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Utaha had never quite forgiven him for that…until this week, which is another showcase of Saekano’s knack for placing its characters in relatively confined, intimate places. Even Tomoya’s date with Kato at the mall felt like it, since the crush of people made them have to stick that much closer together, and the mutual fun they were having made that crush blur and fade into the background, until it was just them.

The confined space here is more concrete: a hotel room, where Utaha was going to spend the night, but invites Tomoya in when he drenches himself in the rain in the act of what she deemed as chasing after her. It’s an assertion he can’t and won’t deny, though he wasn’t expecting to end up on a bed with Utaha, both of them in bathrobes and nothing underneath. The optics are a constant source of nervous titillation, but I frankly like how it puts the two on the spot.

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Bathrobes concealing nakedness and nervous joking aside, Tomoya cut his date with Kato short because he now knows what doesn’t sit right with him about her first scenario draft. He didn’t like how they left things in the club room, but at the same time, were it not for his date with Kato, he wouldn’t have been able to express his reservations anyway, which ironically reflect the positions Kato and Utaha occupy with regards to Tomoya’s life.

Utaha’s plot is much like her plot with Tomoya thus far: seemingly bound by fate, or from a past life; something sprawling and dramatic and epic, like spending the night in a hotel room (but this is all-ages, so…) And Tomoya likes that, but he’s found he also likes what Kato brings to the table: a steadfast decency wrapped in utter normality; the beauty of the mundane; the way a flat character can draw a reader when suddenly big suddenly happens. Kato isn’t bland; she’s universally relatable.

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God, the timing, framing, and sound effects of this little sequence were so deliciously awesome. Utaha types away in this new direction, but she’s clearly upset by it; it’s as if the romantic ideal she represents has been suddenly usurped by Kato. Reality and the fiction being discussed and created is inextricably linked in this show. But she and Tomoya do work all night, and the fact that she was able to summon this much passion and belt out something both of them can be proud of is a testament to the mutual inspiration I mentioned earlier.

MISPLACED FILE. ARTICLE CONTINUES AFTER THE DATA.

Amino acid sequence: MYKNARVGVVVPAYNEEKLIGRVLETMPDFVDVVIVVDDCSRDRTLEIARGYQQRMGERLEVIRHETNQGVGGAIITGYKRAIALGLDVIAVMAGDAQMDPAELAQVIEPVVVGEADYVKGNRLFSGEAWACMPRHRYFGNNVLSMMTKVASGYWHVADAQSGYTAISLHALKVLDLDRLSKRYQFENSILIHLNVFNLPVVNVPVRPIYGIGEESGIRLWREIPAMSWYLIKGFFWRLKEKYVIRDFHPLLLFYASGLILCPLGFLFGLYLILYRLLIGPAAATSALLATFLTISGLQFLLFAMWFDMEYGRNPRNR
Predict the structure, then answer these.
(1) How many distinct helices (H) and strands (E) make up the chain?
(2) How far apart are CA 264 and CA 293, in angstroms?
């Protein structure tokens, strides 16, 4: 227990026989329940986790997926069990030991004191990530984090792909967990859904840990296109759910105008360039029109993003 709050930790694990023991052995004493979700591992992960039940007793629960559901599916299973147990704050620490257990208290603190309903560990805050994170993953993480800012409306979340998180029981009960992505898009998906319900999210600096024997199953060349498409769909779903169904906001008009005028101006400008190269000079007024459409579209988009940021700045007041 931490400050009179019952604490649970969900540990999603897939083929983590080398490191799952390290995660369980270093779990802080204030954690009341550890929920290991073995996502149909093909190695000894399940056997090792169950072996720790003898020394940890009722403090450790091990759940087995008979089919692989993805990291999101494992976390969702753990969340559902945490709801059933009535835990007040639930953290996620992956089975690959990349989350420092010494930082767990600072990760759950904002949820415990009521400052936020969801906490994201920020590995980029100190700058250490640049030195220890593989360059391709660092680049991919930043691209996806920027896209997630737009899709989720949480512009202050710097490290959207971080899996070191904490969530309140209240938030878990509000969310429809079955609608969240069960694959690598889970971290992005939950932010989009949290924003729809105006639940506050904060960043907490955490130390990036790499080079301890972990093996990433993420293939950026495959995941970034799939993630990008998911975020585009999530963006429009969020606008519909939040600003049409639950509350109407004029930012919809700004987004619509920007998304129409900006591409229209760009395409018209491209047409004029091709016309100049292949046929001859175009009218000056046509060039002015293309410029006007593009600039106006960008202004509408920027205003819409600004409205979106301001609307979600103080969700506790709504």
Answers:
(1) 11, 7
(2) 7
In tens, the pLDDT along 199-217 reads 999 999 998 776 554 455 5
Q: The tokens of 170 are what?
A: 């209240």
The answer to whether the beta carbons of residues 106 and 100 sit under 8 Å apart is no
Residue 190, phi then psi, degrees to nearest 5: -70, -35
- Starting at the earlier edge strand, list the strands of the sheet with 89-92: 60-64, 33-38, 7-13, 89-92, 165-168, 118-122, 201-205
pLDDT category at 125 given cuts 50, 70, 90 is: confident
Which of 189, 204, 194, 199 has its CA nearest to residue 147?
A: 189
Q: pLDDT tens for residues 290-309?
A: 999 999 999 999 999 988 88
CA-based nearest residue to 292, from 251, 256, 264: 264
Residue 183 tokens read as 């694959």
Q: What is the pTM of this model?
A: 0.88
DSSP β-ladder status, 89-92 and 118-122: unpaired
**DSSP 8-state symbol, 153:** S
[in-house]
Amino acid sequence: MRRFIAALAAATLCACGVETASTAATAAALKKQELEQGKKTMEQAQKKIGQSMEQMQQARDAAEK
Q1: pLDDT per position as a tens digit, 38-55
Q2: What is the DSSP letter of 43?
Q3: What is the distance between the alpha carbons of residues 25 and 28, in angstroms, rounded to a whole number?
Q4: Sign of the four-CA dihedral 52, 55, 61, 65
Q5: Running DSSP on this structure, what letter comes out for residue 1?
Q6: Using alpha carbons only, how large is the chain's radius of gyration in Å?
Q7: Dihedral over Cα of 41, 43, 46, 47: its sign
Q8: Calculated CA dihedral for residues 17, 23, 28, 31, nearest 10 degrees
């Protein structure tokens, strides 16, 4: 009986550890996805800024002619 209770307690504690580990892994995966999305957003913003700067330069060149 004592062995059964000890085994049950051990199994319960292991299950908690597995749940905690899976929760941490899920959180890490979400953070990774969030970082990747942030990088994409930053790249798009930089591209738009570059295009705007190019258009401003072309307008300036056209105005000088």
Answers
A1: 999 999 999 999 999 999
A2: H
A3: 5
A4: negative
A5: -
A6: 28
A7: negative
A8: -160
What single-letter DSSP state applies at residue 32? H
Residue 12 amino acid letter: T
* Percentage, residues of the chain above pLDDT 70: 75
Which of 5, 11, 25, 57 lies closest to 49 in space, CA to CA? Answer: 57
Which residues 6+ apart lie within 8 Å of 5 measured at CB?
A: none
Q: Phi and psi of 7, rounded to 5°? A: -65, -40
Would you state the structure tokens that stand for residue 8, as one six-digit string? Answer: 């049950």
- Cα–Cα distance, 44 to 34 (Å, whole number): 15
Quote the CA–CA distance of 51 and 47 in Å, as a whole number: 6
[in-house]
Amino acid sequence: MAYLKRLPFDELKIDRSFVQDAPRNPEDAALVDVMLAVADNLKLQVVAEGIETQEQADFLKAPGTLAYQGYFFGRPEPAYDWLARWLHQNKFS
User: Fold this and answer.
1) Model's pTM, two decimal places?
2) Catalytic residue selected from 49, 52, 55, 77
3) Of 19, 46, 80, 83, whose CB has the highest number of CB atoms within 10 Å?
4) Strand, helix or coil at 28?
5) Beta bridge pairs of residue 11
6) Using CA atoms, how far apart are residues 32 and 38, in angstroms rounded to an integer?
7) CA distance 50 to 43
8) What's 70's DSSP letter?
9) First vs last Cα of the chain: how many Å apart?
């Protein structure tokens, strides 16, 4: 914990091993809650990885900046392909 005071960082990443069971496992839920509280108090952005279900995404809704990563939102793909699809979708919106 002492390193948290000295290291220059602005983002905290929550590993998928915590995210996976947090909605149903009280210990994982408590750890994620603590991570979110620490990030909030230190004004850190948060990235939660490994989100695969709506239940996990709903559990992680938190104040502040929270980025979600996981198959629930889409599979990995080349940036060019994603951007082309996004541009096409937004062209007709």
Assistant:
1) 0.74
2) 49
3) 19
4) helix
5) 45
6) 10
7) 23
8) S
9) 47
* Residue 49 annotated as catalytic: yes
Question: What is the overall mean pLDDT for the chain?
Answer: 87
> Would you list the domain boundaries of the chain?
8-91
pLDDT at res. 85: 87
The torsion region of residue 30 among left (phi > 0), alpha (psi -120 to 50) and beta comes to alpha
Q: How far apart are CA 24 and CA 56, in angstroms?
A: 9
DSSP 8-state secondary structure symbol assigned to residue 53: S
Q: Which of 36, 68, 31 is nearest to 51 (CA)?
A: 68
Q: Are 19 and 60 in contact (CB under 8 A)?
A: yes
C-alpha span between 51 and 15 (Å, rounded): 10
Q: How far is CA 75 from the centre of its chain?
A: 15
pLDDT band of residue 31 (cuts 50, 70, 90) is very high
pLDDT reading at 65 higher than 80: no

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When Utaha gets dressed and prepares to set out for her busy day, she doesn’t hesitate to make a joke about post-evening afterglow, not to mention the fact she wickedly took a picture of her in bed with Tomoya while he was asleep and made it his background.

But while there wasn’t any of that kind of action last night, it was still a night Utaha will cherish, because it showed her, just as it showed us, that Tomoya is not only her muse, but has the makings of a great creator in his own right. She leaves that hotel room feeling a lot better about the two of them, but not just because of the progress they made with the plot, but in the battle for Tomoya himself.

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Rewinding to yesterday, Eriri “bumps into” Kato at the mall and sketches her, which is clearly her way of commiserating over the fact that Utaha is off somewhere with her Tomoya. Misery loves company, so it gives her great solace to see that when properly stimulated, she’s able to pull back Kato’s stoic mask just that little bit. Like Utaha’s “coup” this week, this not only makes Eriri optimistic about developing a good heroine from Kato, but also that she’s still in the running for Tomoya. Kato is adorable, but she’s not invincible.